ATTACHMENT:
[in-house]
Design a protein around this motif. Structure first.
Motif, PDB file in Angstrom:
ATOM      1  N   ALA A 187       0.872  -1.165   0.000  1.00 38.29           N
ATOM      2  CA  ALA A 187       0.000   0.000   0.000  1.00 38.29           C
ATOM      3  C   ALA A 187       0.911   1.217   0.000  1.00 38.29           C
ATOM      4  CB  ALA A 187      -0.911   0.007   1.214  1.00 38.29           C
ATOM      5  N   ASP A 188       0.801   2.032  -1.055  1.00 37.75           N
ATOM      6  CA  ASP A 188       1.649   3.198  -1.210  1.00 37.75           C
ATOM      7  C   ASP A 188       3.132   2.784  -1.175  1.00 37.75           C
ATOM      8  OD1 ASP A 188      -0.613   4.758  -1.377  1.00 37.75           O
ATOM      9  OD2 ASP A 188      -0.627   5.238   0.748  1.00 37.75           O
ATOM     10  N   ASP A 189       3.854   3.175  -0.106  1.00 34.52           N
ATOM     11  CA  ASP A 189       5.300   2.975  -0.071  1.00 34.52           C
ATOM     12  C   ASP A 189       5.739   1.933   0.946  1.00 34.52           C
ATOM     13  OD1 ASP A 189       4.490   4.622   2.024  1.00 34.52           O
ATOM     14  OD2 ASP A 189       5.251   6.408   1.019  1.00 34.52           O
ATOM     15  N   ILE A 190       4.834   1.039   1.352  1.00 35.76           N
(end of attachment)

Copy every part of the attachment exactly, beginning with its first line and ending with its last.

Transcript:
[in-house]
Design a protein around this motif. Structure first.
Motif, PDB file in Angstrom:
ATOM      1  N   ALA A 187       0.872  -1.165   0.000  1.00 38.29           N
ATOM      2  CA  ALA A 187       0.000   0.000   0.000  1.00 38.29           C
ATOM      3  C   ALA A 187       0.911   1.217   0.000  1.00 38.29           C
ATOM      4  CB  ALA A 187      -0.911   0.007   1.214  1.00 38.29           C
ATOM      5  N   ASP A 188       0.801   2.032  -1.055  1.00 37.75           N
ATOM      6  CA  ASP A 188       1.649   3.198  -1.210  1.00 37.75           C
ATOM      7  C   ASP A 188       3.132   2.784  -1.175  1.00 37.75           C
ATOM      8  OD1 ASP A 188      -0.613   4.758  -1.377  1.00 37.75           O
ATOM      9  OD2 ASP A 188      -0.627   5.238   0.748  1.00 37.75           O
ATOM     10  N   ASP A 189       3.854   3.175  -0.106  1.00 34.52           N
ATOM     11  CA  ASP A 189       5.300   2.975  -0.071  1.00 34.52           C
ATOM     12  C   ASP A 189       5.739   1.933   0.946  1.00 34.52           C
ATOM     13  OD1 ASP A 189       4.490   4.622   2.024  1.00 34.52           O
ATOM     14  OD2 ASP A 189       5.251   6.408   1.019  1.00 34.52           O
ATOM     15  N   ILE A 190       4.834   1.039   1.352  1.00 35.76           N